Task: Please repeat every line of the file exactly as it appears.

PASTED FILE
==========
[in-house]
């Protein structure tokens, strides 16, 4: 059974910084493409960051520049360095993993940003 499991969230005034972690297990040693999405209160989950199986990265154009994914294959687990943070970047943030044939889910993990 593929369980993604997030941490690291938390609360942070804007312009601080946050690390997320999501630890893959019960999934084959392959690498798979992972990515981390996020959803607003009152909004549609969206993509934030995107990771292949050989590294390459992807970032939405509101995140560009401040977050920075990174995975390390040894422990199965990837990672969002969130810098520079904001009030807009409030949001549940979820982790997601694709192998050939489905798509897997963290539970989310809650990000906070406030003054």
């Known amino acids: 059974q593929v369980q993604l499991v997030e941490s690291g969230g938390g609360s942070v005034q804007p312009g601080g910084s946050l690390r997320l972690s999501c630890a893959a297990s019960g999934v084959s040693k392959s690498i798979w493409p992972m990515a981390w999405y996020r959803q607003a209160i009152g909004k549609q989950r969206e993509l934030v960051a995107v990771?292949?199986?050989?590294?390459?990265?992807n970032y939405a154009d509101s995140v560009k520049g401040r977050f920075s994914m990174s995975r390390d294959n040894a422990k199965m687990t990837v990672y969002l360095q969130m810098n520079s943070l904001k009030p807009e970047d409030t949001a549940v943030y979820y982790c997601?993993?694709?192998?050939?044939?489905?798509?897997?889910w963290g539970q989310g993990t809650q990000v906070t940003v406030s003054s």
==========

[in-house]
């Protein structure tokens, strides 16, 4: 059974910084493409960051520049360095993993940003 499991969230005034972690297990040693999405209160989950199986990265154009994914294959687990943070970047943030044939889910993990 593929369980993604997030941490690291938390609360942070804007312009601080946050690390997320999501630890893959019960999934084959392959690498798979992972990515981390996020959803607003009152909004549609969206993509934030995107990771292949050989590294390459992807970032939405509101995140560009401040977050920075990174995975390390040894422990199965990837990672969002969130810098520079904001009030807009409030949001549940979820982790997601694709192998050939489905798509897997963290539970989310809650990000906070406030003054």
């Known amino acids: 059974q593929v369980q993604l499991v997030e941490s690291g969230g938390g609360s942070v005034q804007p312009g601080g910084s946050l690390r997320l972690s999501c630890a893959a297990s019960g999934v084959s040693k392959s690498i798979w493409p992972m990515a981390w999405y996020r959803q607003a209160i009152g909004k549609q989950r969206e993509l934030v960051a995107v990771?292949?199986?050989?590294?390459?990265?992807n970032y939405a154009d509101s995140v560009k520049g401040r977050f920075s994914m990174s995975r390390d294959n040894a422990k199965m687990t990837v990672y969002l360095q969130m810098n520079s943070l904001k009030p807009e970047d409030t949001a549940v943030y979820y982790c997601?993993?694709?192998?050939?044939?489905?798509?897997?889910w963290g539970q989310g993990t809650q990000v906070t940003v406030s003054s």